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St. Louis on the Air
4:46 pm
Wed June 25, 2014

Are You Ready To Live Until You’re 100 or 120? You Just May Need To Be

American Edna Parker was the oldest living person in the world when she died in 2008. In this 2007 photo she was 114.
Credit via Wikimedia Commons

According to the Pew Research Center, hundreds of thousands of Americans could live to see 100 by the year 2050. Women in France, Japan and the United States have already lived past the age of 114. With the now realistic possibility that individuals may live into the triple digits, planning ahead for retirement becomes both more important, and more challenging.

Living Longer

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St. Louis on the Air
5:19 pm
Tue June 24, 2014

City Of St. Louis Launches Plan To ‘Jump N2 Shape’

Credit via Flckr/JeannetteGoodrich

With more than 50 percent of its citizens overweight or obese, the city of St. Louis has set a goal of reducing obesity in the city by 5 percent by 2018. To help meet that goal, the city’s health department has set up an online portal for St. Louisans to get involved.

The online “Jump N2 Shape,” portal gives nutrition and fitness advice and calls for St. Louisans to join the weight loss movement. Once signed up, individuals can log the exercise they complete and the pounds they lose.

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St. Louis On The Air
5:14 pm
Tue June 24, 2014

Wash U Clinic Seeks Treatments For An Often Undiagnosed Syndrome That Wreaks Havoc On Women

Credit (Credit: Flickr/Free Grunge Texutres

Randa Herman of Marion, Ill., always knew something was wrong. Her menstrual period came late and wasn’t regular. She had extra hair growth where there wasn’t supposed to be any, and acne after adolescence.

Eventually, Herman discovered her troubles were caused by Polycystic Ovarian Syndrome and found her way to Dr. Valerie Ratts' office at Washington University’s School of Medicine.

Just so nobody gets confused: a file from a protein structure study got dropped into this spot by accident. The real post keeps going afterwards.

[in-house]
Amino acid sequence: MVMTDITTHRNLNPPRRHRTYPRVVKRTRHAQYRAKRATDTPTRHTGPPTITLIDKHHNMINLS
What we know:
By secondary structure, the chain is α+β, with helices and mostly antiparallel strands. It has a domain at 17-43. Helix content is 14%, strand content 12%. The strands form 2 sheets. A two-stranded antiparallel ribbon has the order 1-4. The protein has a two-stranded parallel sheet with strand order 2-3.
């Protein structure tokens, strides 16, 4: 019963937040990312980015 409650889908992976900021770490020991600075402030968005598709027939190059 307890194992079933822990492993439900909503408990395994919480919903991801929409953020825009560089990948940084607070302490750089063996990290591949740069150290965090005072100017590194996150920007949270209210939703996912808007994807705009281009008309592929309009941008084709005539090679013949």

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St. Louis on the Air
4:30 pm
Tue June 24, 2014

Senator McCaskill On Dr. Oz, Weight-Loss Scams And Obesity In America

Credit Claire McCaskill's Flickr Page

U.S. Sen. Claire McCaskill, D-Mo., received a lot of attention last week for her pointed questioning of TV celebrity physician Dr. Mehmet Oz during a hearing on weight-loss scams. She spoke with St. Louis on the Air host Don Marsh today about that hearing, and her concerns about obesity in America.

“I think it is irresponsible for a doctor of medicine who understands science-based research to tout anything as a miracle pill for weight loss,” said McCaskill, explaining that she thought Dr. Oz “sometimes blurs the line between entertainer and doctor.”

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More Testing
7:49 pm
Thu June 19, 2014

Bridgeton Landfill Owner Agrees To New Measures To Monitor Underground Fire And Control Odors

The southeast corner of the Bridgeton Landfill, showing the plastic cap intended to keep gases from escaping.
Credit Missouri Department of Natural Resources

 UPDATED 6/20/14 to correct description of radioactivity testing along waste haul routes.

Missouri Attorney General Chris Koster has reached a new agreement with Bridgeton Landfill owner Republic Services.

It includes additional measures that Republic must take to monitor the movement of an underground fire at the landfill and to control the foul odors ― and potentially toxic gases ― emanating from it.

Those measures include: